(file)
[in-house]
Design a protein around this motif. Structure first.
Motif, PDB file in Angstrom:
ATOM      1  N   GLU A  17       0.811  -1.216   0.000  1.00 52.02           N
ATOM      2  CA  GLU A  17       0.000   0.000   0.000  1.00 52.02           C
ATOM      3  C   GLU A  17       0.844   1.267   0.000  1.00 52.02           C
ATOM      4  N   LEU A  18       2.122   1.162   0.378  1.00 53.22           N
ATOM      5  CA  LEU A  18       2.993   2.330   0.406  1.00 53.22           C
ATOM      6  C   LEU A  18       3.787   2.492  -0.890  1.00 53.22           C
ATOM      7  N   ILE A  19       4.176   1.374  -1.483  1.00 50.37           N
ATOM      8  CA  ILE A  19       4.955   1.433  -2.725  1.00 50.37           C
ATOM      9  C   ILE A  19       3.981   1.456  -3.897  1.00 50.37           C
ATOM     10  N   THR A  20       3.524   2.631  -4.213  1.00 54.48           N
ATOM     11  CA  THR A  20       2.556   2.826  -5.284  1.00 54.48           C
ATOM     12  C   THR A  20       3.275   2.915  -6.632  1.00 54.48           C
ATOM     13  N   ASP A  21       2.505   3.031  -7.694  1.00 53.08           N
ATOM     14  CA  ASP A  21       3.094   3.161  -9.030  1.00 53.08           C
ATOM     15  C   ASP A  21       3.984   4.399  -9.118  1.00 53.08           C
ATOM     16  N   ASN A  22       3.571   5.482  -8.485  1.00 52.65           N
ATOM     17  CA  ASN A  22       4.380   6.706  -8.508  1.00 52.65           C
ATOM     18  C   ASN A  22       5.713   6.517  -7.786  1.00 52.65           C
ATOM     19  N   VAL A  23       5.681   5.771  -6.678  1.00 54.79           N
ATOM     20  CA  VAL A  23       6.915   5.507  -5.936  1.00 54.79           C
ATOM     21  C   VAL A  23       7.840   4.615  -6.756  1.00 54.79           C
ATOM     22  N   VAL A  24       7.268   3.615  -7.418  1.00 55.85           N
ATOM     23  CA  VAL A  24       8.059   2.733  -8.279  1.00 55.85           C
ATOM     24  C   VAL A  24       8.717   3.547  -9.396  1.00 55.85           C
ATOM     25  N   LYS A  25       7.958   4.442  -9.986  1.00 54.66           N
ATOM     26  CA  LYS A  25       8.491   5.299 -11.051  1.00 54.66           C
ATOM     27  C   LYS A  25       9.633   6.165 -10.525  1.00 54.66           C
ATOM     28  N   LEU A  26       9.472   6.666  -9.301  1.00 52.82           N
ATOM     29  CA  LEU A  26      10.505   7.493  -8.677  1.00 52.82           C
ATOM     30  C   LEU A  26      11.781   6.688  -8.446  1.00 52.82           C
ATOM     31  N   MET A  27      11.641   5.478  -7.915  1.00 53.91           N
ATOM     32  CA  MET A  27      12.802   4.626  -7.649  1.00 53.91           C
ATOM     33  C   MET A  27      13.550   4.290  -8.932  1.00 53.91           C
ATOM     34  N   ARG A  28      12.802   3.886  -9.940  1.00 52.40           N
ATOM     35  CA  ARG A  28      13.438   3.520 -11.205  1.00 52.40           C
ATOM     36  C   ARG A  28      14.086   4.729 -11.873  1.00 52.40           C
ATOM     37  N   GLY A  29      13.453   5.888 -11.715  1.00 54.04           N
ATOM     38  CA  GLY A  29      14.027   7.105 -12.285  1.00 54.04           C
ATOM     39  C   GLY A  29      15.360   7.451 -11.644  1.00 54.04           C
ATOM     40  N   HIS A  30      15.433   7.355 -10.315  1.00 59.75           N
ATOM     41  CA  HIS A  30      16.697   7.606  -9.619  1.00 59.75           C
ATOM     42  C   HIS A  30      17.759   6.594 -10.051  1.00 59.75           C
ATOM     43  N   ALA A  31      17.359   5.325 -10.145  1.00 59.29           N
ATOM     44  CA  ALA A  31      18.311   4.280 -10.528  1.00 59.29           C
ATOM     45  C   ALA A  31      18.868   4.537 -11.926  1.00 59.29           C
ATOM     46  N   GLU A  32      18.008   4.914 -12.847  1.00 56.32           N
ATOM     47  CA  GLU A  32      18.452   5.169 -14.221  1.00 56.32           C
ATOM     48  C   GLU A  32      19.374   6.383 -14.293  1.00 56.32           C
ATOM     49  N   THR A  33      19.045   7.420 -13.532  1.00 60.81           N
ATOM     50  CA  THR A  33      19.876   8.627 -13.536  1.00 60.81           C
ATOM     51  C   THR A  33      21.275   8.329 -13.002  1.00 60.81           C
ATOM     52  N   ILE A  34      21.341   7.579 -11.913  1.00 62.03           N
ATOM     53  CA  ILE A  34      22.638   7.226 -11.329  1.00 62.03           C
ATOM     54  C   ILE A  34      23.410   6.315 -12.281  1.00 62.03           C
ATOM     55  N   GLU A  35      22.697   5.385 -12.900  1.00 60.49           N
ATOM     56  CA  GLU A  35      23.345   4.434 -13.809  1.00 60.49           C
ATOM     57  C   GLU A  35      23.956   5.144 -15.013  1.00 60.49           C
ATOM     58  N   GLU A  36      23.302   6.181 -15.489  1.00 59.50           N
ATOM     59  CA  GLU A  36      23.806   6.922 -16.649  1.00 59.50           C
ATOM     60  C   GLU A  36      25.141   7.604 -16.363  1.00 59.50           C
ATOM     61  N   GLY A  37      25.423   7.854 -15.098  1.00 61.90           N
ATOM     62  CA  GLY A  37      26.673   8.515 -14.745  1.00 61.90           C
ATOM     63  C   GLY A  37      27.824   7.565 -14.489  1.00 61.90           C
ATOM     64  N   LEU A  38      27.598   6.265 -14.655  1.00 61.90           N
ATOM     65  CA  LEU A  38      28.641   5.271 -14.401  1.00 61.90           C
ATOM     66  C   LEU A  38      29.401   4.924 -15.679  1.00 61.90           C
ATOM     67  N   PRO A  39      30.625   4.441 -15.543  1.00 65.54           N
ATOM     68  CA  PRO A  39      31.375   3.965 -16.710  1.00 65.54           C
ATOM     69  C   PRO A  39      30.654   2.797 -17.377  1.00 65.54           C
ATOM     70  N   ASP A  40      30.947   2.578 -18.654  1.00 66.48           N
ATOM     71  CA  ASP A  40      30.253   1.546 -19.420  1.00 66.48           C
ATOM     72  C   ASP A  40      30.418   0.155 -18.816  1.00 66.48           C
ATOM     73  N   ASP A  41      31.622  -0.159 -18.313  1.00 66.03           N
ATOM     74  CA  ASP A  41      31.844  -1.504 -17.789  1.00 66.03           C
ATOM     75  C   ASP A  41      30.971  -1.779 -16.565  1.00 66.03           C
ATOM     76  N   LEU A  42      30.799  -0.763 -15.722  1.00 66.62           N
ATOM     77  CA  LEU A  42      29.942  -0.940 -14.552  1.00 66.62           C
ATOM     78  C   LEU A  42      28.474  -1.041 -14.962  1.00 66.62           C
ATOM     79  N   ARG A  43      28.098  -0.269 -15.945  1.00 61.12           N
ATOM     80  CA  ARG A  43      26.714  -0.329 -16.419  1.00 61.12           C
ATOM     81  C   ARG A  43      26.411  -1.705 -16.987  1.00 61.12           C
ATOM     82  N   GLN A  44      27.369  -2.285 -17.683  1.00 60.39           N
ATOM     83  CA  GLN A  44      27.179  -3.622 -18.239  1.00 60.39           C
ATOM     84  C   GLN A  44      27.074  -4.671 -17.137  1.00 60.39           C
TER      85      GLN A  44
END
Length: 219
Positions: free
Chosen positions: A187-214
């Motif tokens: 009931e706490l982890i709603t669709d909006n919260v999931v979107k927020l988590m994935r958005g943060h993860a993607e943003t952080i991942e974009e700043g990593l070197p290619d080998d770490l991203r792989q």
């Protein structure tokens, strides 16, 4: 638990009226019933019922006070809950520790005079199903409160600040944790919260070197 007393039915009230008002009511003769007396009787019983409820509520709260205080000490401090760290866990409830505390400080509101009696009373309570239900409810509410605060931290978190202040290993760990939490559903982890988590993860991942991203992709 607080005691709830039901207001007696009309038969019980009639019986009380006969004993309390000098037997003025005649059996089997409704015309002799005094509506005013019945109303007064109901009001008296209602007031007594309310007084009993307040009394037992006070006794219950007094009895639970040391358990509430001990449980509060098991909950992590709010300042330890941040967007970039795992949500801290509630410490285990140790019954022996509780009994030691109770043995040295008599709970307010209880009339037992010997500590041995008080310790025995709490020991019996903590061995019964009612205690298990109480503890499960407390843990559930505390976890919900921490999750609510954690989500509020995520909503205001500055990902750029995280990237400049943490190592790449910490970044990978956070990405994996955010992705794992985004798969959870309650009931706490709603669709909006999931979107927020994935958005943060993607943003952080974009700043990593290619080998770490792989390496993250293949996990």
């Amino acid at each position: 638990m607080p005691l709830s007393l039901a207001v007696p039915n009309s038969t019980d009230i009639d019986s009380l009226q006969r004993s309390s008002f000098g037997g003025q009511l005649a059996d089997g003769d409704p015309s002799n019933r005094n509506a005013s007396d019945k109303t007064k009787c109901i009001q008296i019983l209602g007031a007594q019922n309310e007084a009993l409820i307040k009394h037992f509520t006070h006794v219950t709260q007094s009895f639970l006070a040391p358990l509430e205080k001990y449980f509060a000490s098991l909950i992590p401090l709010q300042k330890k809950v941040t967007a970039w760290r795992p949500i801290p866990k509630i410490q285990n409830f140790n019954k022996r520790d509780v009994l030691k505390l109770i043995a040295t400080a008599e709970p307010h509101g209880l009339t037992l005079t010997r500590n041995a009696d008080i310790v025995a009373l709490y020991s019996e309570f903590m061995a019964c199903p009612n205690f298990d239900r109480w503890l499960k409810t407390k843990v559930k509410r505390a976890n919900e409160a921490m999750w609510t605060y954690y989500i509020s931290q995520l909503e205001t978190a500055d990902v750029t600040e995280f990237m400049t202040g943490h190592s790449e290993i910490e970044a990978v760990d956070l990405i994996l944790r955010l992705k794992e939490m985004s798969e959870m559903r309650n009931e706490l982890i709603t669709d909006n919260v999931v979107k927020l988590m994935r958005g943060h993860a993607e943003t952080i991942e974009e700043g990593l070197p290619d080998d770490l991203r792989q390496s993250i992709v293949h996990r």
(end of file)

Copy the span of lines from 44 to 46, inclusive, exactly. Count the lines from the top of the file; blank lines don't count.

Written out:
ATOM     41  CA  HIS A  30      16.697   7.606  -9.619  1.00 59.75           C
ATOM     42  C   HIS A  30      17.759   6.594 -10.051  1.00 59.75           C
ATOM     43  N   ALA A  31      17.359   5.325 -10.145  1.00 59.29           N